A Web-Based National Drought Impacts Reporting Tool
Mark Svoboda, National Drought Mitigation Center, Lincoln, NE; and M. J. Hayes, D. A. Wilhite, M. L. Higgins, and D. Wood
Although drought is the most costly natural disaster (FEMA 1995) affecting this country, no uniform reporting system is in place to document qualitative and quantitative impacts or economic losses. This is true for all levels of government and for all economic sectors and geographical regions within the United States. Estimates of drought losses to date have been incomplete and perhaps sorely inaccurate because of the many indirect impacts and inconsistent collection and reporting methods associated with drought impacts. So far, no methodology has been adopted that would lead to a comprehensive drought impact collection strategy. Such a system and tool would help to heighten awareness of the true damage that drought can inflict on a region and its economy.
The NDMC is establishing a methodology and reporting/dissemination tool under an overarching National Drought Impact Reporting Strategy (NDIRS). Such a system would lean heavily on partnerships with groups affected by drought. The goal is to provide a mechanism for feedback from all levels, from the individual up to the governors' offices and including local, state, and federal input. NDIRS would be built to stand alone but would potentially mold nicely with current and proposed national drought policy initiatives, such as the National Drought Preparedness Act introduced in Congress in 2004 and the National Integrated Drought Information System (NIDIS) presented and endorsed by the Western Governors' Association in June 2004. Both initiatives call for the development of better drought impacts reporting and documentation.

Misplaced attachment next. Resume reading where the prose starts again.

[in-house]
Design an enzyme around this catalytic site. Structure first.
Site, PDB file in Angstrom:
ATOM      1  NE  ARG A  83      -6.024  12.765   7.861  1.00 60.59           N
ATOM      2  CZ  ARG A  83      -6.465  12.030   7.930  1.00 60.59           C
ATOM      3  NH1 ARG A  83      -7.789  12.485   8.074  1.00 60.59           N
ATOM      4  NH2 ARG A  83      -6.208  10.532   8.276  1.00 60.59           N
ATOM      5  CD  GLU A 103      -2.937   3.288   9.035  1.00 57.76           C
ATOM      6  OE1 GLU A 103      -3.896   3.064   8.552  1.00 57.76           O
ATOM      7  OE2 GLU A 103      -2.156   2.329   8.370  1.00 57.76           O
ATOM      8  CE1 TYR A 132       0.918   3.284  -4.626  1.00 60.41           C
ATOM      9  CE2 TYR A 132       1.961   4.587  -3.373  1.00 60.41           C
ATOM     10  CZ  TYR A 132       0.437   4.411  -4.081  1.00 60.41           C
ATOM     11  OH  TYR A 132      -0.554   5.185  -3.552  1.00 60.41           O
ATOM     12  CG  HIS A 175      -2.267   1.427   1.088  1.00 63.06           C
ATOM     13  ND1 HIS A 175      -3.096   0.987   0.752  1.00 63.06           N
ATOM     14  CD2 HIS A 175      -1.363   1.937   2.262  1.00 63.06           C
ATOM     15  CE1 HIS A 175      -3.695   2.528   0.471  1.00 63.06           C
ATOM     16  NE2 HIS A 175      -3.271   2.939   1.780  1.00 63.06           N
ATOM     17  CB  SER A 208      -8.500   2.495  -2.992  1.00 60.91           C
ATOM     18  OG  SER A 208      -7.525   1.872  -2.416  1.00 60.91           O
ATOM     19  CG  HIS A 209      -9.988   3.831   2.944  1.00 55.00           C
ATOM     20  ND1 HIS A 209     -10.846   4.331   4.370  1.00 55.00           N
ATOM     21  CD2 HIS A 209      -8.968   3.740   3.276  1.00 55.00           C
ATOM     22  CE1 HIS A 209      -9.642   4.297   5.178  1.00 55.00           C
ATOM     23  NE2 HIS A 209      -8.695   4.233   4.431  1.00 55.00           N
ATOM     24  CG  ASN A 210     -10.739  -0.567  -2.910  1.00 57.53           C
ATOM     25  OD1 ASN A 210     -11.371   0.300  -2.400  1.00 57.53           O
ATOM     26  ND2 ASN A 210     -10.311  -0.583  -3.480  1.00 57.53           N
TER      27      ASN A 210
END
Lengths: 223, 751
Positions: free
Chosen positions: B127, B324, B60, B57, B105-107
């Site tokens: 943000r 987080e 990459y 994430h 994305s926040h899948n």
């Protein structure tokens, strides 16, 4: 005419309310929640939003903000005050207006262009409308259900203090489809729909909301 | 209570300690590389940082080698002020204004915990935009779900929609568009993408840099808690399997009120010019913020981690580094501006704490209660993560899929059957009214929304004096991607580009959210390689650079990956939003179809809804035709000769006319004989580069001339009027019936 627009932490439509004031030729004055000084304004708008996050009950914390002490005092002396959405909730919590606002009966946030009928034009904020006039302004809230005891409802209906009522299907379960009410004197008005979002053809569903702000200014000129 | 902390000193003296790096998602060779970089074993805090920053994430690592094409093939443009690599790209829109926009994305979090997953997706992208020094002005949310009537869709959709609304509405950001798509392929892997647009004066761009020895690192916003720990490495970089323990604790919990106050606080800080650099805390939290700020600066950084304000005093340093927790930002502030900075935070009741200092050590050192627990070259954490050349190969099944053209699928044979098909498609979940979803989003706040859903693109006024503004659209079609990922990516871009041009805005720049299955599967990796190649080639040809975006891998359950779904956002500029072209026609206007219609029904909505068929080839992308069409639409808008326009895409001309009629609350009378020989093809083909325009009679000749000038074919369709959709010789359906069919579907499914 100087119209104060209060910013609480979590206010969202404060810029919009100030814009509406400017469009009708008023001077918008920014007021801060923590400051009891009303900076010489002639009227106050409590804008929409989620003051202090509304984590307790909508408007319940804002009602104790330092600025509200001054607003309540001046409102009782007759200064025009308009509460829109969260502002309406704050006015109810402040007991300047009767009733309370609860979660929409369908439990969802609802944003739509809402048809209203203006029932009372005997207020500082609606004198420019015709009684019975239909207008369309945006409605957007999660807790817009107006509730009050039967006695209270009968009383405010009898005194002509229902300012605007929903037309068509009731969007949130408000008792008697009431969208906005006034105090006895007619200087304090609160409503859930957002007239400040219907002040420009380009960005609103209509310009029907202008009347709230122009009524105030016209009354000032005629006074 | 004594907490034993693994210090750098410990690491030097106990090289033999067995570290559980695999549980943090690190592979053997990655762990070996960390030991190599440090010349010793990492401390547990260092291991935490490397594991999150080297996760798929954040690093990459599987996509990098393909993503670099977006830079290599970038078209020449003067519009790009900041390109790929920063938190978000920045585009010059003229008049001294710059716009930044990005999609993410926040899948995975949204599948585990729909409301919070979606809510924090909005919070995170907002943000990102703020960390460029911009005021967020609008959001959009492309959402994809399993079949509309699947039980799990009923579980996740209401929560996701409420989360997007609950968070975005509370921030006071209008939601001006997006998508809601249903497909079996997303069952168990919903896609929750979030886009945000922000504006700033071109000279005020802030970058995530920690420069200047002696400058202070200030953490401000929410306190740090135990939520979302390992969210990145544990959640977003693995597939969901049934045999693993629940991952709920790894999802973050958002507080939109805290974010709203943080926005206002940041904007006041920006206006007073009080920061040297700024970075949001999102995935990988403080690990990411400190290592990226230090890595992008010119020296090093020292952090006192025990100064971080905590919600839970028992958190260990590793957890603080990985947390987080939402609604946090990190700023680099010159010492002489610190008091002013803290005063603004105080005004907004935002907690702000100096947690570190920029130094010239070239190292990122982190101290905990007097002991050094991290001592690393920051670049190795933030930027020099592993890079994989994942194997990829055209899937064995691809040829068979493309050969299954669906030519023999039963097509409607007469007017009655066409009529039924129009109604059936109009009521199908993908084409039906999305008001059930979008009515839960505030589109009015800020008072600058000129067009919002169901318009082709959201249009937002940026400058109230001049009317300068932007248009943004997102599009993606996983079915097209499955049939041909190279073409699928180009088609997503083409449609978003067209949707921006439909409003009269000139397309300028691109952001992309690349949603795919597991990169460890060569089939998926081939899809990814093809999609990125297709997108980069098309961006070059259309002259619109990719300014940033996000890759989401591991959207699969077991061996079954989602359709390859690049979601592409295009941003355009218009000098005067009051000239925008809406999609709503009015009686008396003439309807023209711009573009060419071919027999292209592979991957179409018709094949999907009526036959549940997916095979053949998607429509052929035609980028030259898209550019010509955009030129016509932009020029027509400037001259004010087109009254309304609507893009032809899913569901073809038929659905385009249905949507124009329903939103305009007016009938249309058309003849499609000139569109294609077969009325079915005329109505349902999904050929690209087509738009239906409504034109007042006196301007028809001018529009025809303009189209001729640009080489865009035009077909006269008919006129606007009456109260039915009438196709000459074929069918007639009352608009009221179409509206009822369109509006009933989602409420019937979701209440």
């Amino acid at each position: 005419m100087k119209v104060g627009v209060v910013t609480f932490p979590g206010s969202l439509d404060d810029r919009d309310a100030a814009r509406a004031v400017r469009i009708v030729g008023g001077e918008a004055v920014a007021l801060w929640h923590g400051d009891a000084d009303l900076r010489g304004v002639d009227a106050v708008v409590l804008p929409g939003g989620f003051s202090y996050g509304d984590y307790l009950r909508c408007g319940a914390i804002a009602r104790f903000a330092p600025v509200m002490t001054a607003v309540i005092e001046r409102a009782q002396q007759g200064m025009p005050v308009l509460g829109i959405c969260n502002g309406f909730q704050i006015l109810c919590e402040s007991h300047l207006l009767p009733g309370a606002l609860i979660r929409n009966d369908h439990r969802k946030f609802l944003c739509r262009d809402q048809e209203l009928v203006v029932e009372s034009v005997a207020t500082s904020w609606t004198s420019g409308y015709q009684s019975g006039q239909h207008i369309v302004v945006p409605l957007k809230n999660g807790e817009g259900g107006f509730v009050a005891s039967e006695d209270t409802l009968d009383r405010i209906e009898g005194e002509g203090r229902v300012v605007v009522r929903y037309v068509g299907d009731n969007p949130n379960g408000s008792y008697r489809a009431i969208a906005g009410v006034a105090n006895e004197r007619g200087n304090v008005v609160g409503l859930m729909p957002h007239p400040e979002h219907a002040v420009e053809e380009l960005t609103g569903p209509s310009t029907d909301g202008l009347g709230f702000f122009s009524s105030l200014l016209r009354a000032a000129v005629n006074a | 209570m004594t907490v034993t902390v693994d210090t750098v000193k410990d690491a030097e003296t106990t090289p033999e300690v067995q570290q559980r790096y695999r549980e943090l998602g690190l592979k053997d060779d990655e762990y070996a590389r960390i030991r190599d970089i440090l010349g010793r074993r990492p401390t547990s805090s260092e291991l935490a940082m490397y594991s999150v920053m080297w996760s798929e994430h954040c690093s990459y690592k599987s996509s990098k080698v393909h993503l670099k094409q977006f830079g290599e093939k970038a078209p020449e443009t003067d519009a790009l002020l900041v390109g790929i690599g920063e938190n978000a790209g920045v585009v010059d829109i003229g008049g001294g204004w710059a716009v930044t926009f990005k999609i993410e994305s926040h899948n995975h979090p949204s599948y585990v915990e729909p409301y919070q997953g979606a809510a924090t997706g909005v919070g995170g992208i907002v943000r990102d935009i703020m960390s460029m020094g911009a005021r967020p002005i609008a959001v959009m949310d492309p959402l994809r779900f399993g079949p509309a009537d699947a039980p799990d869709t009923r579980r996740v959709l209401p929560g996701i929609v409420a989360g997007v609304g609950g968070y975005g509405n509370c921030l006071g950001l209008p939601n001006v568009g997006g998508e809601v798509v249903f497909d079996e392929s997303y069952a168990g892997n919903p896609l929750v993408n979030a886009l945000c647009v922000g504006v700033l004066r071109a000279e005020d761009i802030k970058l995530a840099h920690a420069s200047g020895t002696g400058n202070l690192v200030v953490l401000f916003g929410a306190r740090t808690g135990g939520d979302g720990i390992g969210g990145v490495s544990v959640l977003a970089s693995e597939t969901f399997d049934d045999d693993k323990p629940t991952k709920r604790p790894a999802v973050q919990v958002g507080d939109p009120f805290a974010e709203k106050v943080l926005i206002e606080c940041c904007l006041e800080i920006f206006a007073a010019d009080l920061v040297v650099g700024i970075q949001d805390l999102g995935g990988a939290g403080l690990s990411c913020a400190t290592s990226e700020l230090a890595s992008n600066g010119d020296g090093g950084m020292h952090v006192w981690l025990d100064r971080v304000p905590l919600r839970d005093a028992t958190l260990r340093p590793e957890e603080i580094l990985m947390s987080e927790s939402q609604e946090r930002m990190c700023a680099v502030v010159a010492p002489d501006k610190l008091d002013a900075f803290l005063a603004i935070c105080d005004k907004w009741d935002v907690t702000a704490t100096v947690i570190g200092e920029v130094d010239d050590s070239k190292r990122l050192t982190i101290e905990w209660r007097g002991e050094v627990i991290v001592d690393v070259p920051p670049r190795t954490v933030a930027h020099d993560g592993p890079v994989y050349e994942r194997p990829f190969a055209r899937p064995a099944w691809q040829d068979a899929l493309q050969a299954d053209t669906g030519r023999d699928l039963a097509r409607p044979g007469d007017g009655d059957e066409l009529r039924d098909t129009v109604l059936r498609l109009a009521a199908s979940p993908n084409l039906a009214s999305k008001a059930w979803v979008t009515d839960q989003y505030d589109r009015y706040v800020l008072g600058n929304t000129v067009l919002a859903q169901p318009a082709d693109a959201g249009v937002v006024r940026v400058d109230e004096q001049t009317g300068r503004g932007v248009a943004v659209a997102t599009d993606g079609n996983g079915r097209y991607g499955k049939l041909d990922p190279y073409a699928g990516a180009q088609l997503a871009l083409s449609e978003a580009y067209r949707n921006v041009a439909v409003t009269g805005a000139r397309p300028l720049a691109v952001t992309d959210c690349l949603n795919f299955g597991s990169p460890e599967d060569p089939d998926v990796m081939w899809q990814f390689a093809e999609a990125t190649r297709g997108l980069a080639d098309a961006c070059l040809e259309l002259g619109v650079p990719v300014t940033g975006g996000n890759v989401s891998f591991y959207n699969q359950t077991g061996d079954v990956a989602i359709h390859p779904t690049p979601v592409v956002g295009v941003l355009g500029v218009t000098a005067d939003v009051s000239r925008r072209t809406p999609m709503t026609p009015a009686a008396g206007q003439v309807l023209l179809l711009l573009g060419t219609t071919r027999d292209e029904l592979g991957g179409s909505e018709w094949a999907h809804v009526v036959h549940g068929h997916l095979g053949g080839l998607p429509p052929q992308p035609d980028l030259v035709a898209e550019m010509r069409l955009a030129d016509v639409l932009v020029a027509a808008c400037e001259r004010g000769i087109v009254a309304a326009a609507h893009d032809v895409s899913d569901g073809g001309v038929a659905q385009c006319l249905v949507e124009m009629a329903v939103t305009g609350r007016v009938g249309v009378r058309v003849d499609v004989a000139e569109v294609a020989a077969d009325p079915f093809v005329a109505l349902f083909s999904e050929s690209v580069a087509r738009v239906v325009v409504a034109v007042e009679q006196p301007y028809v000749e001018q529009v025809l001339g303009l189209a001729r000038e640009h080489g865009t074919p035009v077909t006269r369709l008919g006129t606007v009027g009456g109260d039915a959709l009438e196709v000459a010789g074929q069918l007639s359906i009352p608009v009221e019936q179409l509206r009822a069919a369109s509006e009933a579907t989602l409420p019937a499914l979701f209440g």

This tool will consist of a web-based package of products and interactive features that will also be designed to assimilate user-supplied information. NDIRS is being developed in stages, and the first goal is to develop a reporting tool in an interactive Internet-based environment. Data to be collected may come from the media, government, producers, general public, and conservation and/or resource management groups, to name a few. The tool will allow for individuals to actually submit an impact for verification. Future enhancements will give decision makers at all levels the ability to report or assess the impacts due to drought in near real-time down to the county level. An archival database will be built and maintained, allowing for query based on location, time, and impact category. The goal of this NDIRS effort is to develop a methodology that is comprehensive and consistent in quantifying the economic losses associated with drought, as well as social and environmental impacts at all levels..
Session 6, Applied Climatology in Drought and Flood Preparedness
Wednesday, 22 June 2005, 2:00 PM-4:00 PM, North & Center Ballroom
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